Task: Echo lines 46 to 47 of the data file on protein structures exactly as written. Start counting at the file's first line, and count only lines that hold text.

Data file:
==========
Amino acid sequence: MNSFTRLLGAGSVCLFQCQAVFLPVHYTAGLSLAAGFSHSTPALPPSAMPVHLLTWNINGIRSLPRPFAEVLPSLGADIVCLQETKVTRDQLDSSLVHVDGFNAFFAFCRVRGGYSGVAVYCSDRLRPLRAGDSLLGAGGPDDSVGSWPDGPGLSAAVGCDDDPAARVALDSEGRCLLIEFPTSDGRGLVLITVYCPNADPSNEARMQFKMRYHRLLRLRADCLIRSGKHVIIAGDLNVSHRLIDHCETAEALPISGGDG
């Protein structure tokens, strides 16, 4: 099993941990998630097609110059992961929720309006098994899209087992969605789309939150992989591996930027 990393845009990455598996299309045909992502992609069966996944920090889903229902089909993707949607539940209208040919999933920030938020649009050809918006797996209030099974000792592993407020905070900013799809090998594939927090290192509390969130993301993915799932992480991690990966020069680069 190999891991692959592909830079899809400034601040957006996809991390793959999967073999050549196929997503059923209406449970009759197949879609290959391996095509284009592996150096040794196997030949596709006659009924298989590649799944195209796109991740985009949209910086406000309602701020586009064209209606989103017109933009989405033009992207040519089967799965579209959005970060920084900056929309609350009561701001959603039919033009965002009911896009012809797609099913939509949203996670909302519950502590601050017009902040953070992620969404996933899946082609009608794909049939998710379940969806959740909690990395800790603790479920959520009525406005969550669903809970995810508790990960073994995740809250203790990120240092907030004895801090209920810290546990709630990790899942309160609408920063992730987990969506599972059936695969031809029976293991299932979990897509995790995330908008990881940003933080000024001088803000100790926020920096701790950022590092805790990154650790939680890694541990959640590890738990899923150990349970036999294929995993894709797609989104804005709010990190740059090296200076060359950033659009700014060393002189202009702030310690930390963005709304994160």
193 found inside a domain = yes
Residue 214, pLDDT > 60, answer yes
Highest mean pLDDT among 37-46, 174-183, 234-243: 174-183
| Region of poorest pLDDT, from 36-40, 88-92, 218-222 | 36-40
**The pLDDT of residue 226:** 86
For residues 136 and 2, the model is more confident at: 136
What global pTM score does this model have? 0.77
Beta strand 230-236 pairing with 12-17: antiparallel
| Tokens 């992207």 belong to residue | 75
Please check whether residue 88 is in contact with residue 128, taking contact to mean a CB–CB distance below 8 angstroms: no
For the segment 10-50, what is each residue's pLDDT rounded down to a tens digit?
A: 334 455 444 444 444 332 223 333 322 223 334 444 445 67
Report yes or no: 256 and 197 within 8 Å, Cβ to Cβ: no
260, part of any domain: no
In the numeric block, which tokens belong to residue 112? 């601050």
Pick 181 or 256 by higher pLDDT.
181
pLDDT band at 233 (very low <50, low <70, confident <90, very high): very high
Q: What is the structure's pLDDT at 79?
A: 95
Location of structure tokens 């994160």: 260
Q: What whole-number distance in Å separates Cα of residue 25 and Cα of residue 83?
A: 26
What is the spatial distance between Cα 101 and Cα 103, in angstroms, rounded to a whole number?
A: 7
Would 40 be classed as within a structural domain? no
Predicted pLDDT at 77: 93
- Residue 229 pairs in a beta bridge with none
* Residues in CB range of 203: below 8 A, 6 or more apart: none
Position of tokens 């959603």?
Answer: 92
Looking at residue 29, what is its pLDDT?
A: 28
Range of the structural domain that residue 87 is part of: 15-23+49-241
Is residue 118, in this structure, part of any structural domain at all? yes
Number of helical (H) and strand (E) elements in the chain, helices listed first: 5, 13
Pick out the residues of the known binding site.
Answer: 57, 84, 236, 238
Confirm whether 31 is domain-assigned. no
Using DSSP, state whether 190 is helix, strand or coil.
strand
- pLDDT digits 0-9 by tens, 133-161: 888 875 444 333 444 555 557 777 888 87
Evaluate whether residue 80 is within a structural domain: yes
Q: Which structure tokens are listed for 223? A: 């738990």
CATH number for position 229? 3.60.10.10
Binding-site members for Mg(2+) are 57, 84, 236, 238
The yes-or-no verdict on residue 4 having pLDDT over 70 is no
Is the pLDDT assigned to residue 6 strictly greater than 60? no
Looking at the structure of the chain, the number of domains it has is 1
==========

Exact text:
Q: Which structure tokens are listed for 223? A: 């738990």
CATH number for position 229? 3.60.10.10